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American Widow:

A 9/11 Memoir

So where were you on 9/11? That date has come around again, triggering memories of seven years ago. All of us have our own stories. My Mum and I had just flown in from London to New York La Guardia the day before, arriving late afternoon on Monday September 10th 2001. We I had been all set to fly on that fateful Tuesday until a last-minute change of plans. That sunny morning we were upstate, about 2 hours north of Manhattan, not far from Hudson, at my brother Tony’s place deep in the densely wooded country. As we woke up on our first morning there, we might never have put on the TV news, if not for an early phone call from Peter Stanbury in London alerting us.

I remember going for a walk later that day, taking Tony’s dog, to get some relief from the emotional turmoil of us all being cooped up and glued to the news channels. I needed to breathe in some fresh air. It’s quite remote where he and his wife live, beautiful woodlands and hills looking out across to the Adirondack Mountains. And then I heard a machine gun firing off at some distance away. I was told later that some neighbour of Tony’s was known as a bit of a survivalist type. I remember waking several times that night and hearing huge military planes rumbling overhead, and of course no other commercial planes in the sky. I couldn’t help imagining what might have happened if my Mum and I had flown on a later flight and feeling so lucky and grateful for is both being OK.


Cover by Art Spiegelman
The New Yorker, Sept 24, 2008

A few days later I remember walking into a store and seeing Art Spiegelman’s cover for The New Yorker that week. It was one of the first graphic responses I’d seen, his black-on-black image of the Two Towers, so simple, sombre and powerful. Reactions in the form of comics and graphic novels have followed since, notably Spiegelman’s series of full-page comics, echoing the original Sunday funnies, under the title In The Shadow Of No Towers. A fascinating new book by Max Page entitled The City’s End (Yale University Press) surveys "two centuries of fantasies, fears, and premonitions of New York’s destruction", showing how varied yet persistent these imaginings have been, constantly adjusting to the social, political and cultural climate of the times. Noting that in the immediate aftermath, literature proved far slower than movies to tackle the themes of 9/11, Page hails Spiegelman’s 2004 collection of his pages, published by Pantheon and Penguin: "Into the void of conventional literature, Art Spiegelman launched the first and still the most significant literary work on the meaning of 9/11." Page does an amazing job gathering these visions of the Big Apple’s demise from all sorts of media, including comics. In fact, putting aside the fund-raising mainstream tributes and anthologies and the "official" 9/11 Report in comics form, several other graphic novelists have subsequently dealt head on with this subject.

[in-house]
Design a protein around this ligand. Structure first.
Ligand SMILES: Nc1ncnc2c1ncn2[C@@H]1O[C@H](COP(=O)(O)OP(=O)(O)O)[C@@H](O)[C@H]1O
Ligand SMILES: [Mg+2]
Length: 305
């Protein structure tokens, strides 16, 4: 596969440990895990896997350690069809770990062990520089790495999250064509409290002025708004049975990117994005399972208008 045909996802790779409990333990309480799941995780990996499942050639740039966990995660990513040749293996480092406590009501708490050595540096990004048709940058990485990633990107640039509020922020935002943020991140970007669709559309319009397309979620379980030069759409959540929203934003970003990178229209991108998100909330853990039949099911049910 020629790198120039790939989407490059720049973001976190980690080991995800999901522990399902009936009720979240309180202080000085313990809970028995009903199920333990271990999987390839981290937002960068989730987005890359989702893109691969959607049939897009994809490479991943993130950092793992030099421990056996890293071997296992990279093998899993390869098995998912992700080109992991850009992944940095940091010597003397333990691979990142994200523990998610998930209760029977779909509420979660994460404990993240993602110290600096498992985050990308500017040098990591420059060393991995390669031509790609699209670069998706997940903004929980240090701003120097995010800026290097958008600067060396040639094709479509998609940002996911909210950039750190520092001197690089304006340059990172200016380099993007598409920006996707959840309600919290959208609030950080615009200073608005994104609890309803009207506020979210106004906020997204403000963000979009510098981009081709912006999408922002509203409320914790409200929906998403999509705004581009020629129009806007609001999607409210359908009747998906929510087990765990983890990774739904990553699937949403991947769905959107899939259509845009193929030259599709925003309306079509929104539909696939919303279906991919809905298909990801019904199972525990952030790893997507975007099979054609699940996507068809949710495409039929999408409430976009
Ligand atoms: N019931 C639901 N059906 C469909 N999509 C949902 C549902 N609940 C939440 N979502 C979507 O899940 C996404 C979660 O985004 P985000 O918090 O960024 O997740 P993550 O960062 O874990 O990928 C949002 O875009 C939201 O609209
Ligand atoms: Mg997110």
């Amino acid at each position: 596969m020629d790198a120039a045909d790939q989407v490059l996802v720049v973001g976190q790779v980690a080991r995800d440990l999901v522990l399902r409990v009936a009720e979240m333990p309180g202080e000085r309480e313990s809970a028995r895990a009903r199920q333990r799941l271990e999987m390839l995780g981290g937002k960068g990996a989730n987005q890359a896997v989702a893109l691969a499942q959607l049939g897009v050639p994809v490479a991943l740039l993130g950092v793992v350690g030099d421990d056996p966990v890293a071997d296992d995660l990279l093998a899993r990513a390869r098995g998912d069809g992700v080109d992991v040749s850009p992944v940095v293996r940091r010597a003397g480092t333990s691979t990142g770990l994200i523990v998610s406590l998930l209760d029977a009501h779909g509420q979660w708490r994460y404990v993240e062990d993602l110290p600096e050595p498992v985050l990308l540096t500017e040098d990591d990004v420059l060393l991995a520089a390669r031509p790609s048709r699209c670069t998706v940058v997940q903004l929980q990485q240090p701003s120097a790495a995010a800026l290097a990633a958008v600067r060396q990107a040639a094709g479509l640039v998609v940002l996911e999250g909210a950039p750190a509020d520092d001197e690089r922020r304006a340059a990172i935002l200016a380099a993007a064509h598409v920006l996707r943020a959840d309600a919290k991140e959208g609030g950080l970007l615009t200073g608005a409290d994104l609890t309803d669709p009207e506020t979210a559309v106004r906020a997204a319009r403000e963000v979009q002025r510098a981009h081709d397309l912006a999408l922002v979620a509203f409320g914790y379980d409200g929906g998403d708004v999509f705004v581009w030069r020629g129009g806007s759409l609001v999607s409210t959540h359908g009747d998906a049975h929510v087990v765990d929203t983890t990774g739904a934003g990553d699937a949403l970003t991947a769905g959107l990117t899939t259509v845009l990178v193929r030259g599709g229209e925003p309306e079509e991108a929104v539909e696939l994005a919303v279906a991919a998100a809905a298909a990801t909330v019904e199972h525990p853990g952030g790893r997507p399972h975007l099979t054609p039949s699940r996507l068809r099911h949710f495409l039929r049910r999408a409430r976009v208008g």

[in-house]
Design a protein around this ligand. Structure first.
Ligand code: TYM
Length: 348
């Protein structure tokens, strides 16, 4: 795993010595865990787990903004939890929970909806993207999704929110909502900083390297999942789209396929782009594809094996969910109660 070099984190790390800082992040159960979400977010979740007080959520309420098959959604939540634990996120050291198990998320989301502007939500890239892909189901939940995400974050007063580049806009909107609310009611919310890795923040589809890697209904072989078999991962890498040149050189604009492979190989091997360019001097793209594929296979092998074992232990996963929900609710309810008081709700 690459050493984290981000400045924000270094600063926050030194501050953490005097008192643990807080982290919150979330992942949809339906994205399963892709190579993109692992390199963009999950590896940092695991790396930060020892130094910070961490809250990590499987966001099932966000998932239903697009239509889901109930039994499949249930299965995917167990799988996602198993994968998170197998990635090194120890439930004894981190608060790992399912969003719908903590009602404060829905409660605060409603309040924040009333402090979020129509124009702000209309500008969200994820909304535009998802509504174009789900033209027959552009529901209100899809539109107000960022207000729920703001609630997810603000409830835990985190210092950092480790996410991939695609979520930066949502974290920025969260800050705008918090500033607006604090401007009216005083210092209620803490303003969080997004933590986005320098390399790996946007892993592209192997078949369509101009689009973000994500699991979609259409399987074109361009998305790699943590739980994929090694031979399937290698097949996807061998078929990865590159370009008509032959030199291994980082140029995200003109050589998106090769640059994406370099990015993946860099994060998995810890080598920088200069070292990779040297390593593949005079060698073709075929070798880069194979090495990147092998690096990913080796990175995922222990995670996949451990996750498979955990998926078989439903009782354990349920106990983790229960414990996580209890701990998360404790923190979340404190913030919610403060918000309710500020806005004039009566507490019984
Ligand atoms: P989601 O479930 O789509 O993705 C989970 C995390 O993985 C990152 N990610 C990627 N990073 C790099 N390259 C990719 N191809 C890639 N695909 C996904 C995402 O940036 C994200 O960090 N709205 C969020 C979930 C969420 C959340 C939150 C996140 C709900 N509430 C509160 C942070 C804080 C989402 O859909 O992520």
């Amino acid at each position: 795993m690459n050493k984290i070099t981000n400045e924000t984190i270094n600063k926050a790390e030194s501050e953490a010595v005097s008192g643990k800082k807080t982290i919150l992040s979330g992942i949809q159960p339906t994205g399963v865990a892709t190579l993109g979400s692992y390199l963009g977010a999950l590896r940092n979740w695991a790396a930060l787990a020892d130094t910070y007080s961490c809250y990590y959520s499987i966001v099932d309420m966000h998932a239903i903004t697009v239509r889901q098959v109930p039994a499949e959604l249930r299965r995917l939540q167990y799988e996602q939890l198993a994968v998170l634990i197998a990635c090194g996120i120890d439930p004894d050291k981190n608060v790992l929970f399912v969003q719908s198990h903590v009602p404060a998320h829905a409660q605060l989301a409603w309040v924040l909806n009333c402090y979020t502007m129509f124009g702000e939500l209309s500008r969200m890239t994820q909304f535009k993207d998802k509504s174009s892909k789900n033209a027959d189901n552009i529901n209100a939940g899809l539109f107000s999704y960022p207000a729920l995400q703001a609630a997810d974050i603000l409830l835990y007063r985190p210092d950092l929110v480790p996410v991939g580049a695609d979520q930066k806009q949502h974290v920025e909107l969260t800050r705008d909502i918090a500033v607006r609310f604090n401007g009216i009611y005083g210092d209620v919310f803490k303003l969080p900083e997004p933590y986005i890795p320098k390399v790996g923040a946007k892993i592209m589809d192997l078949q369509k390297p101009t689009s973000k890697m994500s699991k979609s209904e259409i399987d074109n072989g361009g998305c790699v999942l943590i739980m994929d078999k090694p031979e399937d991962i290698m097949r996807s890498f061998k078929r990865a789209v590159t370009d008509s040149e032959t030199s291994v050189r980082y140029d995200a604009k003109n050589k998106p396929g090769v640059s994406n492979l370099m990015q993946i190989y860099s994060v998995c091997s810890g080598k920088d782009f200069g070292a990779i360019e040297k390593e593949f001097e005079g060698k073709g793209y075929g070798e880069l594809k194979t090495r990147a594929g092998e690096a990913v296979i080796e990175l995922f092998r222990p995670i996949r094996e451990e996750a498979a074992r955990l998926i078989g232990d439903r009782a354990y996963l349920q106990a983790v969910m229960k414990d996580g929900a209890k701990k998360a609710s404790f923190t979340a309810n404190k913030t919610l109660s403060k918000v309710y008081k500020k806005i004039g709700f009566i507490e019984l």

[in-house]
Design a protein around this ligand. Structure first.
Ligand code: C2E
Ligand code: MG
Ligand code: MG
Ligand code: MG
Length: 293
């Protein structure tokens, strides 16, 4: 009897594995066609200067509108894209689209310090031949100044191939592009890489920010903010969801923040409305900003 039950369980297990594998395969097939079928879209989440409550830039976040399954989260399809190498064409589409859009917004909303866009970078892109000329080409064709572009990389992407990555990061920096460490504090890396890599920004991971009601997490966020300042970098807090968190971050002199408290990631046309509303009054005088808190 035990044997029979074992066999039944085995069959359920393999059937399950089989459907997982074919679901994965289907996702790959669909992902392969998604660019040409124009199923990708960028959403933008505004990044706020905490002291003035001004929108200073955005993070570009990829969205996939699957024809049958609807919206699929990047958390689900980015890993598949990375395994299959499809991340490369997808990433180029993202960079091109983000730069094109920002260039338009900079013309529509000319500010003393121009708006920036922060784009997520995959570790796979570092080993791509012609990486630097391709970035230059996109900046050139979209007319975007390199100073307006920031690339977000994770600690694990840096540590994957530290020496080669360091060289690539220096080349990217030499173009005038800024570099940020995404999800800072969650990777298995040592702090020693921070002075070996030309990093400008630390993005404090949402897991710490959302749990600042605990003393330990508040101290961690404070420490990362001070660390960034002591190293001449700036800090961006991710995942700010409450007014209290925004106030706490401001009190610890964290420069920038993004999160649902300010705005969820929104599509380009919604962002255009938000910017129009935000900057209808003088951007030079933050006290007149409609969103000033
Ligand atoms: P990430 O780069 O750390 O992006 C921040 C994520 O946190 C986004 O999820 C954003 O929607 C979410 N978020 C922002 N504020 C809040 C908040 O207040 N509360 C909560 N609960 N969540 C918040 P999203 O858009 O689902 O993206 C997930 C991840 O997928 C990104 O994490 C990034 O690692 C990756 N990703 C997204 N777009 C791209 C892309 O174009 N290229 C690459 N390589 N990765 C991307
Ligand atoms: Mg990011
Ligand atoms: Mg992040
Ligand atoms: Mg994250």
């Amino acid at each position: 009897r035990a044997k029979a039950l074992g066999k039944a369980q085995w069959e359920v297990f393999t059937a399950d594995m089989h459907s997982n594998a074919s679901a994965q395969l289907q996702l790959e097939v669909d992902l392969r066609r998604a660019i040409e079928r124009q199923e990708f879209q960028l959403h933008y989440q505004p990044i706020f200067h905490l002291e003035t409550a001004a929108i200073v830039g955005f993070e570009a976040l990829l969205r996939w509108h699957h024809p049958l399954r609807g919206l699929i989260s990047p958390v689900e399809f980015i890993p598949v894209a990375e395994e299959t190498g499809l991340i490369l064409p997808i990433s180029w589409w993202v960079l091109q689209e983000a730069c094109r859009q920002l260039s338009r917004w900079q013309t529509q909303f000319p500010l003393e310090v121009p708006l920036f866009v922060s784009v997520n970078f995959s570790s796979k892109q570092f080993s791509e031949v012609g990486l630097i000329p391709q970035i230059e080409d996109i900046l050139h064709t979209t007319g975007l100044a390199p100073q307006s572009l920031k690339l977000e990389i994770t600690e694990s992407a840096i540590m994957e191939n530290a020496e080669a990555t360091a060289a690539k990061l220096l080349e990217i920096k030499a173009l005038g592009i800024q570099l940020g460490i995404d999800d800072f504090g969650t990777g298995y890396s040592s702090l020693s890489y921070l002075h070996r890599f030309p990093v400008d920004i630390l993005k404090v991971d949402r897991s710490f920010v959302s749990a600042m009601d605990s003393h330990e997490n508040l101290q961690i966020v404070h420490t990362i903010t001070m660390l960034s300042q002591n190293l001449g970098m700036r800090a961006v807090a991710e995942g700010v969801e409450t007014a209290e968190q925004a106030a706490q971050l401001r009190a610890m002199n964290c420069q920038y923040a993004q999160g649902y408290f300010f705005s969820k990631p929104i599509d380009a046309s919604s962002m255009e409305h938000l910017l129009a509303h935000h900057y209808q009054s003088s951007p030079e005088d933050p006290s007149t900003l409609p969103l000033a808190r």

World Trade Angels
by Fabrice Colin & Laurent Cilluffo

One brilliant example was World Trade Angels, published in 2006 by Denoël in France, written by French novelist Fabrice Colin and drawn with ‘Clear Line’ diagrammatic design and sophisticated layout and colouring techniques by the French-born New York-based illustrator Laurent Cilluffo. Bart Beaty, perceptive Canadian critic and author of Unpopular Culture: Transforming the European Comic Book in the 1990s (University of Toronto Press),  hailed it as "certainly the finest comic to have been produced about the events of 9/11 to date", and summed up the story as follows:

"World Trade Angels tells the story of Stanley Middle, a man whose life is dramatically changed by the events of September 11th, when he loses both his father and his pregnant fiancee. Stanley retreats into a world of his own imagination, living out a fantasy where these deaths did not occur, stumbling through his new life until it is disrupted by Sarah, the new lover with too many questions. But just who is Sarah? A girlfriend? A projection of his subconscious mind? An angel?"

You can read Bart Beaty’s full review here. Let’s hope World Trade Angels finds the wider readership it so deserves but for now it still awaits translation into English.